The Sectional Title Schemes management Act 8 of 2011 (the STSMA) provides 8 prescribed conduct rules (PCR) in Annexure 2. These conduct rules are applicable to all sectional title schemes (including sectional title houses and sectional title complexes).
Each sectional title scheme is slightly different in both nature and membership; therefore each scheme may require the amended conduct rules to suit the context of the scheme.
The prescribed conduct rules act as a default concerning the conduct in sectional title schemes. PCRs (prescribed conduct rules) also provide a structure / platform / frame / skeleton / … for sectional title scheme managing agents and trustees to adapt and amend the PCRs into apt conduct rules.
This sectional title rule states that trustees may prescribe any reasonable condition when approving applications to keep pets. It is common practice for many schemes to set these conditions out as an amended conduct rule in order to ensure certainty of understanding and equality. The nature of the scheme usually determines what is considered a reasonable condition. An example of a reasonable condition could include:
The second provides for the storage and collection of refuse in schemes.
Schemes that are equipped with a room on site allocated to refuse may have an amended conduct rule providing for such an area.
Schemes which employ a cleaning service may have this conduct rule amended providing that refuse is placed outside a section to be collected at a certain time or on a specific day.
PCR 3 deals generally with vehicles in schemes. This conduct rule generally governs:
In PCR 4, trustees are empowered to approve (in writing) the nature and design of any device to be installed on common property (as well as the manner of installation). An example would be the installation of window security.
Provide an amended conduct rule in place that further provides for clear direction as to what is permitted (in specific detail) in a scheme. This ensures that any installation has a harmonious appearance within the scheme. This could include specifics in: size; design; colour; function and location. The rule may be extended to provide for the installation of security gates; DSTV dishes or washing lines.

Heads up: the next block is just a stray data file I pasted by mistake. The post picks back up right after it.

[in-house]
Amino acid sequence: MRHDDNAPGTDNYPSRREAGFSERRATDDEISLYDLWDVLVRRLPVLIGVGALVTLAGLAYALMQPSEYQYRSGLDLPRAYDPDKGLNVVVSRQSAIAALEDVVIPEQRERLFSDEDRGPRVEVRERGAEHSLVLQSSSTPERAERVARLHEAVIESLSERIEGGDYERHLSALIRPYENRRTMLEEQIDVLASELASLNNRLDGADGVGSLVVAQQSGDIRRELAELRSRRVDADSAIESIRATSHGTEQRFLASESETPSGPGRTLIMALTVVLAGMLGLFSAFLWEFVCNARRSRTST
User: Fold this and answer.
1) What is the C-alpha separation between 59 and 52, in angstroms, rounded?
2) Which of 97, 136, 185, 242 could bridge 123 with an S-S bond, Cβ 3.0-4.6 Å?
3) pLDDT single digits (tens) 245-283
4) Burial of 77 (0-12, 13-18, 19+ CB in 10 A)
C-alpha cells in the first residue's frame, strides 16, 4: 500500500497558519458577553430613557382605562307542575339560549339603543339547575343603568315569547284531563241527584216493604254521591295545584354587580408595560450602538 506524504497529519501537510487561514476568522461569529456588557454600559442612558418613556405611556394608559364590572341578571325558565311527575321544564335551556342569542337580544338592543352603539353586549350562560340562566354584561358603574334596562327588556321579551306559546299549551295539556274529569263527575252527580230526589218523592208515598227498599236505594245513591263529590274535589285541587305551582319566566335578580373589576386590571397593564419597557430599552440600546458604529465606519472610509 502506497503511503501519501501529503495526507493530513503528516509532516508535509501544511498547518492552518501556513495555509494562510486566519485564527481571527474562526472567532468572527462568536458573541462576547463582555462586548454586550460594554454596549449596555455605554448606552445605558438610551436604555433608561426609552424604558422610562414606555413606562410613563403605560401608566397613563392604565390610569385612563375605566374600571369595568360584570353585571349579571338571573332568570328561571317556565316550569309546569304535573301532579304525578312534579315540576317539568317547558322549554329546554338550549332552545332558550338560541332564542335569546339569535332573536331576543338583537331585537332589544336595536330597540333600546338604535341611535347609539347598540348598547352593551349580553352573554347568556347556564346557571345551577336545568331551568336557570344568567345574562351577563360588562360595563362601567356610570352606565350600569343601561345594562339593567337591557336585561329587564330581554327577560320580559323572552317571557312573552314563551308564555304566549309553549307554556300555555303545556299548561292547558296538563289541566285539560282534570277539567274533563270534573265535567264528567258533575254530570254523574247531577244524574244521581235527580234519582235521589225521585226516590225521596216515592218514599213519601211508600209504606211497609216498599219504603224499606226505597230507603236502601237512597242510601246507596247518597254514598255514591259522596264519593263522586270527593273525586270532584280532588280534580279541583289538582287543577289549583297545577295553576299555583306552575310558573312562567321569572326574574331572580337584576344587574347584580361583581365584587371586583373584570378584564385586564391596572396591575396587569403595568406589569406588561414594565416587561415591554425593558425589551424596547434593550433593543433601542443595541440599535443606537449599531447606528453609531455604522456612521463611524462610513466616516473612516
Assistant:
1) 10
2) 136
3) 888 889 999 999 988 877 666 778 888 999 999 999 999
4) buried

This regulation (PCR 5) governs the use of areas which can be viewed from outside the scheme. This would include the outside of the scheme and garden: any outdoor furniture; garden equipment; washing-lines; storage facilities; or recreational equipment (trampolines, bicycles or floating devices if the scheme has a swimming pool).
It is advisable to make amendments to this sectional title rule in order to set out exactly what items are allowed or not.
The pleasing aesthetic appearance of a sectional title scheme is a highly subjective matter, therefore an amended conduct rule ensures that all members adhere to the schemes conduct and conditions of approval set out by the trustees.
Any dangerous item that is stored within a section or on the common property; as well as any dangerous conduct, may result in an increased rate of insurance premium or rejection of insurance claims. As a result, many sectional title schemes amend this rule either to prohibit or regulate the use of potentially dangerous areas such as fireplaces and braai areas.
This rule provides for the peaceful enjoyment of all sections and the common property. The rule (PCR 7) states that any owner or occupier must refrain from unreasonably interfering with the peaceful enjoyment of another section or the common property - by making noise or obstructing the use of common property.
Owners and occupiers must take reasonable action to ensure that their visitors do not cause any such interference.
This conduct rule (PCR 8) deals with the:
Contact our property attorneys in Cape Town or our property attorneys in Johannesburg for legal assistance regarding sectional title scheme management in South Africa.
Subscribe to our Newsletter
Book a Free Consultation
Bond & Transfer Calculator
Estate Agent Training
Although cutting your tenant’s electricity or changing their locks may seem like a good idea at the time, it is in fact a bad idea and automatically puts you, as a landlord, in the wrong.
Read More ...Posted by Cor van Deventer on Friday, May 22, 2020 Views: 2
It should not be the choice of either the public health or the state of the economy. It is a necessity to safeguard both. Fabricius J
It is imperative that preservation of the economy is of major importance in South Africa's COVID-19 strategy.
Read More ...Posted by Cor van Deventer on Wednesday, May 20, 2020 Views: 691